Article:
This measures the rate of aqueous tear formation by the lacrimal gland during a fixed time period.
- performed by instilling a topical anaesthetic and then absorbent paper strips are placed with one end in the inferior cul-de-sac
- patient’s eyes are closed and the length of paper wetted in 5 minutes measured
- value of less than 6 mm of strip wetting in 5 minutes is accepted as diagnostic marker for aqueous tear deficiency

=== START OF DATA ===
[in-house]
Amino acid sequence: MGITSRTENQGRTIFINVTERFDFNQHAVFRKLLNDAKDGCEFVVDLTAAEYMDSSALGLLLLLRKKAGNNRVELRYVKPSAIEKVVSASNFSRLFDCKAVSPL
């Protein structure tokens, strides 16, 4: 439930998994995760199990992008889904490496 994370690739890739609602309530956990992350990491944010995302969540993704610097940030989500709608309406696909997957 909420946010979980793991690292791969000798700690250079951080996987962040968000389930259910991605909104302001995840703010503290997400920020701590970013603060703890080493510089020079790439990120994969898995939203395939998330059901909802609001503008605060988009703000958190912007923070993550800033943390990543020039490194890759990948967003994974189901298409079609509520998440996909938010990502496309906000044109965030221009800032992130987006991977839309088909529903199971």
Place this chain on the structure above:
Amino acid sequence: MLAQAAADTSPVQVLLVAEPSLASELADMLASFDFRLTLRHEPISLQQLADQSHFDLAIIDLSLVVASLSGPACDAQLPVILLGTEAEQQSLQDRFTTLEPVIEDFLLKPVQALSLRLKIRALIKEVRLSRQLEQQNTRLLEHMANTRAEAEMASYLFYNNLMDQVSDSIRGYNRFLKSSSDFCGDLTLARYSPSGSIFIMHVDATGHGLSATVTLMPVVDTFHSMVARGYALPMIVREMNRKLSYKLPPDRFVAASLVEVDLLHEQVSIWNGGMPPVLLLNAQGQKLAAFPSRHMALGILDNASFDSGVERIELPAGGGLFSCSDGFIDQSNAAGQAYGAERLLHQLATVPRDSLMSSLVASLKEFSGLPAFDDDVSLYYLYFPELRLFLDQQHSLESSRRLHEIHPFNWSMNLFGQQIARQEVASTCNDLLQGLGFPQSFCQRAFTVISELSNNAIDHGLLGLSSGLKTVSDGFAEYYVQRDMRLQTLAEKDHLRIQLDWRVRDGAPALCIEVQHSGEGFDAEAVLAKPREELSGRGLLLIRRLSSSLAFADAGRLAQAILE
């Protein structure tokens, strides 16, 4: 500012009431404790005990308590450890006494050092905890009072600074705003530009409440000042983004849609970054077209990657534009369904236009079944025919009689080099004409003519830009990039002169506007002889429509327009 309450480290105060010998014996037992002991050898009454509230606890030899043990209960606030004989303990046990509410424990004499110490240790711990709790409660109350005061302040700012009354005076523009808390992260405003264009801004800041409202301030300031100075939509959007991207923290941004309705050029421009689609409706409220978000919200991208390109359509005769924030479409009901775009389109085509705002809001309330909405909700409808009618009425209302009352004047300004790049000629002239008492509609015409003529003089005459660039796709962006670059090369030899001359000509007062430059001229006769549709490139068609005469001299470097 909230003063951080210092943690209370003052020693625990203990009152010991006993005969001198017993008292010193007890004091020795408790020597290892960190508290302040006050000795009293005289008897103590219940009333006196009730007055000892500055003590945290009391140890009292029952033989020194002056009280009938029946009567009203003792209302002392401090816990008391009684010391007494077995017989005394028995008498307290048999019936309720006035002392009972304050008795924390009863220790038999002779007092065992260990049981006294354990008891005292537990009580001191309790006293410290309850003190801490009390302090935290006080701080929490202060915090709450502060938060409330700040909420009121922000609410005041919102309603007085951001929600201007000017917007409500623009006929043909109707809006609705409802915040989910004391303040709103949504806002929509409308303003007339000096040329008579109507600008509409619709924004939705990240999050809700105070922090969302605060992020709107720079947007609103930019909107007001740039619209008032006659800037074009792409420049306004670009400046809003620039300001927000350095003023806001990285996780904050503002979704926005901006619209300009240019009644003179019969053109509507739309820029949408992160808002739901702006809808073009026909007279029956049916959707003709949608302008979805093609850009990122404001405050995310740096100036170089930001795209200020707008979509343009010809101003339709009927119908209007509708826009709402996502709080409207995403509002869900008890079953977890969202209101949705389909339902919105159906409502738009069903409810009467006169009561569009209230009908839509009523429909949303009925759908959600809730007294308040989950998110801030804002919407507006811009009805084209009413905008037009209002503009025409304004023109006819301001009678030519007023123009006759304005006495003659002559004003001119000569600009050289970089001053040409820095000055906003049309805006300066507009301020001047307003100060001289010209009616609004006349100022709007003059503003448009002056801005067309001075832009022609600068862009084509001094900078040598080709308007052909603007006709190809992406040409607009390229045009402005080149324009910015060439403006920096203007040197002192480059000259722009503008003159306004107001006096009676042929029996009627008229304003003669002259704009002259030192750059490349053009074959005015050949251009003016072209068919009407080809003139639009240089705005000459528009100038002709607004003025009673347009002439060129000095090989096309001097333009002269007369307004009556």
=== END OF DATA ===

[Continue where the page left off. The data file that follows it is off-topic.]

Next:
- Schirmer II test measures tear of lacrimal gland by stimulation of lacrimal relex arc while Schirmer I test (without use of a topical anaesthetic) measures both basic and relex tearing (1)
- (1) Phadatare SP et al. A Comprehensive Review on Dry Eye Disease: Diagnosis, Medical Management, Recent Developments, and Future Challenges. Advances in Pharmaceutics 2015, Article ID 704946
Last reviewed 01/2018